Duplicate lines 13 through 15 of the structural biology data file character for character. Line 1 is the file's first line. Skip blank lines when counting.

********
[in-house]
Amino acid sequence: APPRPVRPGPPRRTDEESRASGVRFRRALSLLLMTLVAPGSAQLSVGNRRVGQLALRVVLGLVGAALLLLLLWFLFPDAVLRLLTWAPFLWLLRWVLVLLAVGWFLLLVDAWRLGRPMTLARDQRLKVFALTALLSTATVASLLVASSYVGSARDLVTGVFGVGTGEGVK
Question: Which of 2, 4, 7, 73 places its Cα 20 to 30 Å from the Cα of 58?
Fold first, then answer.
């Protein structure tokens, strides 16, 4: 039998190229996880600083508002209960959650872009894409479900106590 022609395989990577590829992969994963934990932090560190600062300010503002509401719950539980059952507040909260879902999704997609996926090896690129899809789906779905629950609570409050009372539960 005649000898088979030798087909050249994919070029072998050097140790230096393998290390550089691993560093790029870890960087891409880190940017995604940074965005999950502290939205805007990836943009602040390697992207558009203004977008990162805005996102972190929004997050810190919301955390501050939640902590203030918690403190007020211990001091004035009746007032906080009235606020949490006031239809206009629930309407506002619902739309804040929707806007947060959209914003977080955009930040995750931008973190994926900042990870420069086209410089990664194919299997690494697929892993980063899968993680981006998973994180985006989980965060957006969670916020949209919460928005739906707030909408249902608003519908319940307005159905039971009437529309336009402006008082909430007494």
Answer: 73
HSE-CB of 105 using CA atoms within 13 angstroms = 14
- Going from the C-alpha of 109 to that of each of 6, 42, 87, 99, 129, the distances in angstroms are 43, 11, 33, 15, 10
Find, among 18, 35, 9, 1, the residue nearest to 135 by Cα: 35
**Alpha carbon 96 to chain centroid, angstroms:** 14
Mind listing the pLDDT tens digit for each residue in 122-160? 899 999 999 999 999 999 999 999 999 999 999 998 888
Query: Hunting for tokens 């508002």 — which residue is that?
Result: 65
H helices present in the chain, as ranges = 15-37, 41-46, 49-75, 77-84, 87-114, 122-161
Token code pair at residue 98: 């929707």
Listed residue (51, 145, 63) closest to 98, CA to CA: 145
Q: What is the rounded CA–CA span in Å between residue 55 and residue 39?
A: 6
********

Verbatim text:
Result: 65
H helices present in the chain, as ranges = 15-37, 41-46, 49-75, 77-84, 87-114, 122-161
Token code pair at residue 98: 């929707």